Speech changes: Is it the first sign of Alzheimer’s?
Alzheimer’s is one of the most common memory related degenerative diseases that affect elderly adults. This disorder is marked by cognitive and behavioral impairments that interfere with social and occupational functions. This disorder affects the hippocampus which is involved in encoding memories, spatial memories and recalling memories. Alzheimer’s disease is classified into mild, moderate and severe Alzheimer’s based on the symptoms and signs of the disease.
The latest research evidence discussed in the Alzheimer's Association International Conference in London shows that speech impairment may be the earliest signs of memory disorders.
According to this study, “What we've discovered here is there are aspects of language that are affected earlier than we thought,” before or at the same time that memory problem emerge, said one study leader, Sterling Johnson of the University of Wisconsin-Madison.
No explicit cure has been identified for Alzheimer’s, but a variety of alternative activities and corrective behaviors have been discovered, and these ideas are implemented into the care programs made available through the memory care programs offered either in stand alone memory care organizations, or more commonly as memory care divisions within a senior living community or assisted living program. This is a popular solution because it gives seniors access to modern memory care therapeutic activities, ensures healthy individual care, and also helps to promote excellent mental and physical health by virtue of access to social activities, cultural activities, and pleasant dining accommodations, all which help to serve the more abstract concept of general personal wellness.
It is evident that memory and cognitive function are interconnected in the brain.
The difficulty in speaking and the inability to say certain words is termed as Aphasia and is a key early symptom of Alzheimer’s. This also includes, slowed or halted speech, trouble finding words, using sentences with abnormal word order, substitution of words (e.g., “table” instead of “chair”), using words that are mispronounced or incomprehensible (e.g., “track” for “truck”), talking about a word (e.g., "We went to the place where you can get bread" for the words “grocery store”), difficulty understanding or following conversation despite normal hearing, sudden lapses in understanding simple words, and forgetting the names of familiar objects.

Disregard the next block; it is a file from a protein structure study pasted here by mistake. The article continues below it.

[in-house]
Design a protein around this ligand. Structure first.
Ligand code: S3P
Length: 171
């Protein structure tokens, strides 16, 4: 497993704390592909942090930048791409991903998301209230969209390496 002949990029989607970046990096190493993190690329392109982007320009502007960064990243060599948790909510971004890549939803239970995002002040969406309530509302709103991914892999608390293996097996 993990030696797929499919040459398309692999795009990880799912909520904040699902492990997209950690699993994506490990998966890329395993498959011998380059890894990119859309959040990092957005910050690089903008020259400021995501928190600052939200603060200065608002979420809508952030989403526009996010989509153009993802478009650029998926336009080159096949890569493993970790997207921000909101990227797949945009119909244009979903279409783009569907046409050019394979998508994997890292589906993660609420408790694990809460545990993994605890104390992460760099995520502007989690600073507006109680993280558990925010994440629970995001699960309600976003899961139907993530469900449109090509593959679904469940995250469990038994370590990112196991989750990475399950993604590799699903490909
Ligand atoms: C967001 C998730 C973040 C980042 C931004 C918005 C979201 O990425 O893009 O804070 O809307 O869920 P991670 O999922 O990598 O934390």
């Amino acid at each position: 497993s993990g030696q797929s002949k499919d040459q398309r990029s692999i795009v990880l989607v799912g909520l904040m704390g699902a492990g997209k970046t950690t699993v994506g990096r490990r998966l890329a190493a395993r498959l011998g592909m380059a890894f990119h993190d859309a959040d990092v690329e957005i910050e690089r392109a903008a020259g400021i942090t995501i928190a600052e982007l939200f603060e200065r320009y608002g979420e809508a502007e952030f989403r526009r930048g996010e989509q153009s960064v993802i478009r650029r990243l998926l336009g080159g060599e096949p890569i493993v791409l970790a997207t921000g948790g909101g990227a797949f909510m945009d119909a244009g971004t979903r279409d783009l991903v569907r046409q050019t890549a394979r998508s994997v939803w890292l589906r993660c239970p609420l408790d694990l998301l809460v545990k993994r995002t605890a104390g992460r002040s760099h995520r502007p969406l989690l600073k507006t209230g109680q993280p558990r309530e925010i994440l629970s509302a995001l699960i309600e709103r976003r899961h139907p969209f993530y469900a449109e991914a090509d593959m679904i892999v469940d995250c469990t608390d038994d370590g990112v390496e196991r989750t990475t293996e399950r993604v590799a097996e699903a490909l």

Memory care is all about improving the quality of life for residents. In a memory care program, residents receive therapy which helps them manage their symptoms, learn ways to deal with situations like forgetting words, and generally reduce the negative effects of the condition. Each individual is unique, and a skilled memory care specialist understands how to modify therapy to get the best out of the individual with the end goal of helping them minimize their memory loss and maximize their ability to enjoy a happy, fulfilling retirement.
If you have a family member who is experiencing Alzheimer’s, has trouble following conversations, or generally has a compromised ability to care for themself as a result of memory loss, please consider visiting CityView Senior Living to see if our memory care program is a fit for your family. We’re here to help your loved one control their memory loss so they can focus on a comfortable retirement experience.
Alzheimer's Disease Fact Sheet. (2017). National Institute on Aging. Retrieved 7 September 2017, from https://www.nia.nih.gov/health/alzheimers-disease-fact-sheet
For Families | Journal of Alzheimer's Disease. (2017). J-alz.com. Retrieved 4 September 2017, from http://www.j-alz.com/links-forfamilies
Ferris, S., & Farlow, M. (2013). Language impairment in Alzheimer's disease and benefits of acetylcholinesterase inhibitors. Clinical Interventions In Aging, 1007. http://dx.doi.org/10.2147/cia.s39959
Szatloczki, G., Hoffmann, I., Vincze, V., Kalman, J., & Pakaski, M. (2015). Speaking in Alzheimer’s Disease, is That an Early Sign? Importance of Changes in Language Abilities in Alzheimer’s Disease. Frontiers In Aging Neuroscience, 7. http://dx.doi.org/10.3389/fnagi.2015.00195